Finding calm in the tumultuous teen years

Yoga has become a calming force in the minds and bodies of several Chilliwack teens who so desperately need it.

Laurea Palmantier (left) of Inner Vision Yoga leads a free youth yoga class at her studio on Monday.

Laurea Palmantier (left) of Inner Vision Yoga leads a free youth yoga class at her studio on Monday.

Sherise James waits for more than an hour after school every week to go to yoga.

She’s not a master yogi, isn’t into the hippie granola lifestyle, and like most teens her age, has a mind that is in constant go-go-go mode.

But for James, 14, yoga has become an outlet needed to calm her mind and body if only a couple times a week.

“It makes me happy,,” says James, a Grade 9 student at Chance Alternate. “It helps me cope with a lot of things. It helps me get through the day.”

James isn’t the only teen in Chilliwack benefitting from the spiritual powers of yoga.

Last year Laurea Palmantier, co-owner of Inner Vision Yoga in Vedder, started donating yoga time at Chance Alternate. Asked by a client if she’d be interested, Palmantier jumped at the opportunity. She hadn’t worked with youth prior and wanted to see how yoga could benefit that generation like it had hers.

The program was a huge success. Girls, boys, young athletes, troubled youth all signed up, and all benefitted.

In January, Palmantier, in partnership with Chilliwack Youth Services, opened those classes up to the wider community, offering once a week in-studio classes to youth, free of charge.

“There’s a lot of focus on competitive sports for youth, but not much in terms of this,” says Palmantier. “I’m hoping it gives them an outlet to just be themselves and be happy with being themselves.”

While yoga may be seen as an oxymoron when paired with teens, for several in Chilliwack, it became the calming force their minds and bodies so desperately needed.

In a world of Facebook, Twitter, YouTube videos and text messages, today’s youth rarely have a chance to just be.

Bradin Logan-Litke easily falls into that category.

The 14-year-old is a budding athlete,  committed to several high intensity sports including football, hockey, lacrosse, rugby, weight-lifting, jiu jitsu, mixed martial arts, and running.

Yoga not only accentuates his athletic endeavors, keeping him loose and limber, but also relaxes his mind.

“It helps me keep my cool,” he shrugs. “A lot of the other sports I’m into are rougher and really intense and it’s easy to lose your cool. This keeps me calm.”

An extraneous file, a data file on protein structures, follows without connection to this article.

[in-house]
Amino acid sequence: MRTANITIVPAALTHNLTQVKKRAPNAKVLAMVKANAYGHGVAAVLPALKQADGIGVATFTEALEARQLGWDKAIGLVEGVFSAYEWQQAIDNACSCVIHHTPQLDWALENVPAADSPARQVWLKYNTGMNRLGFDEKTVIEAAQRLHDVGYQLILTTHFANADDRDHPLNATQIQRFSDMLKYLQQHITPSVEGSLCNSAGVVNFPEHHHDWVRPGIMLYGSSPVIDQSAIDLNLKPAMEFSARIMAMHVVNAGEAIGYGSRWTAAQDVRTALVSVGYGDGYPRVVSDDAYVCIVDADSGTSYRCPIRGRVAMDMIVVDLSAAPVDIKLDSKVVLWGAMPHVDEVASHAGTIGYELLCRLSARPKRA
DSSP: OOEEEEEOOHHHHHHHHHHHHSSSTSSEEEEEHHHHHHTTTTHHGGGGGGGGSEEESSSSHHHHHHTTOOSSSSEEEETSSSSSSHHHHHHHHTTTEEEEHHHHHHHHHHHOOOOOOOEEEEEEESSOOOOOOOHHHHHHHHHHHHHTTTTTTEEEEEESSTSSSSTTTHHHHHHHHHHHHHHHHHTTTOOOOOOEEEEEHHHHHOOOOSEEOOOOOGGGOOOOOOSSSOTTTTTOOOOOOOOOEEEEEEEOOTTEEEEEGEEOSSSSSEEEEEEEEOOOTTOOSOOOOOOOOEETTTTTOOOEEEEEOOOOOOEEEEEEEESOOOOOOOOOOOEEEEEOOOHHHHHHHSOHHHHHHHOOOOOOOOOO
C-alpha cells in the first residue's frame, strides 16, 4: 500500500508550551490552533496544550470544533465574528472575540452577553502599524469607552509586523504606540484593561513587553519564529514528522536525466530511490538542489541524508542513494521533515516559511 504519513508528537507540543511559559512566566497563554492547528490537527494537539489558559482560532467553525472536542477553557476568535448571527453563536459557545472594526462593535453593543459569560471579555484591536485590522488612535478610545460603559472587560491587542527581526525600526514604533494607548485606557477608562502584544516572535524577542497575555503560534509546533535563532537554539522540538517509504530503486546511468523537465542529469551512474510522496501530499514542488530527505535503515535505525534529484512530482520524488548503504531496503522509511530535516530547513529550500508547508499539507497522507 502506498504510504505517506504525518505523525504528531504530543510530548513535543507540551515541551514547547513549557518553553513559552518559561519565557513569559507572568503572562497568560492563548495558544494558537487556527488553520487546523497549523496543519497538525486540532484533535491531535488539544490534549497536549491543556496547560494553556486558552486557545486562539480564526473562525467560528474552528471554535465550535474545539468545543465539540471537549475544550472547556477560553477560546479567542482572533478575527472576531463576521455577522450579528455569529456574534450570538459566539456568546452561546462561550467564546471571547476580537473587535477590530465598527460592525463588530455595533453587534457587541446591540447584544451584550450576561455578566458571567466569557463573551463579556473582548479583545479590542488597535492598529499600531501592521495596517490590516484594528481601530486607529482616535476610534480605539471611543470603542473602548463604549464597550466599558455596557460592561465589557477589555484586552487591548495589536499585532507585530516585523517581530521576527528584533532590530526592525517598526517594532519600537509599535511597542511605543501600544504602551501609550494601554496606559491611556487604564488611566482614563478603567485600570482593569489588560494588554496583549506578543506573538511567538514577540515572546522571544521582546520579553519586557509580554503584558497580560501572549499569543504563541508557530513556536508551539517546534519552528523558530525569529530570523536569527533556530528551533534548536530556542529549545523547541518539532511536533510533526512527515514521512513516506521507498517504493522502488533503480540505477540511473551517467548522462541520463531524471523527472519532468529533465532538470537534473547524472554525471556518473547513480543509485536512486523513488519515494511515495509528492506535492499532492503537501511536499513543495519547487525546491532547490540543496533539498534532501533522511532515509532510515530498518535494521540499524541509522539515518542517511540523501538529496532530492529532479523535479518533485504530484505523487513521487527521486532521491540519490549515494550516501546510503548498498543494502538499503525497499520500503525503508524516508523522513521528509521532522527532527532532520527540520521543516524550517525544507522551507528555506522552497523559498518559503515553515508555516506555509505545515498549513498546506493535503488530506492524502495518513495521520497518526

For 45 minutes, youth from 12 to 16 years old leave their teenaged worries behind and put their focus into downward facing dog, sun salutation, peaceful warrior, tree pose. They breathe.

“Nice deep breaths,” Palmantier instructs. “Let your belly fill up like a balloon, and as you exhale, bring your belly button towards your spine.

For every position, Palmantier says the yoga name, and then describes it in a way they’ll easily understand.

Downward facing dog: upside down V.

Plank: high pushup, the flat of your back, straight as a stick.

Cobra: like a snake, back arched, shoulders squared, chest out.

With youth, Palmantier purposely tones down the spiritual side of yoga and keeps the pace of the class steadily moving. She doesn’t want to overwhelm them, or want them to become fidgety with boredom. She wants them to discover what yoga can do for them, with the hope they’ll explore further into the spiritual side down the road.

“It’s a way for these kids to cope with the every day stresses of being a teenager,” says Palmantier. “Yoga encourages them to tune into themselves and their personal power, to build on their inner confidence and not be susceptible to peer pressure.”

The positive changes she’s seen is reward enough for Palmantier.

“The changes are subtle,” she says. “Their posture has improved, they’re relaxing, they can sit still.

“There’s an increase in body awareness as well,” she says. “When they can balance on one leg and have discovered the strength of their own body, that is so important.”

Without yoga, “it’s something they might not have even tried.”

“Let your mind be still,” Palmantier tells the class sitting cross legged before her. “For just a couple moments, try to let go of everything else from the day. Any worries, stresses, let them go.”

And just be.

Youth yoga is offered at Inner Vision Studio on Lark Road every Monday from 3:15 to 4 p.m.

For more information, contact the studio at 604-824-5555 or visit the website www.innervisionyoga.ca.

kbartel@theprogress.com

twitter.com/schoolscribe33

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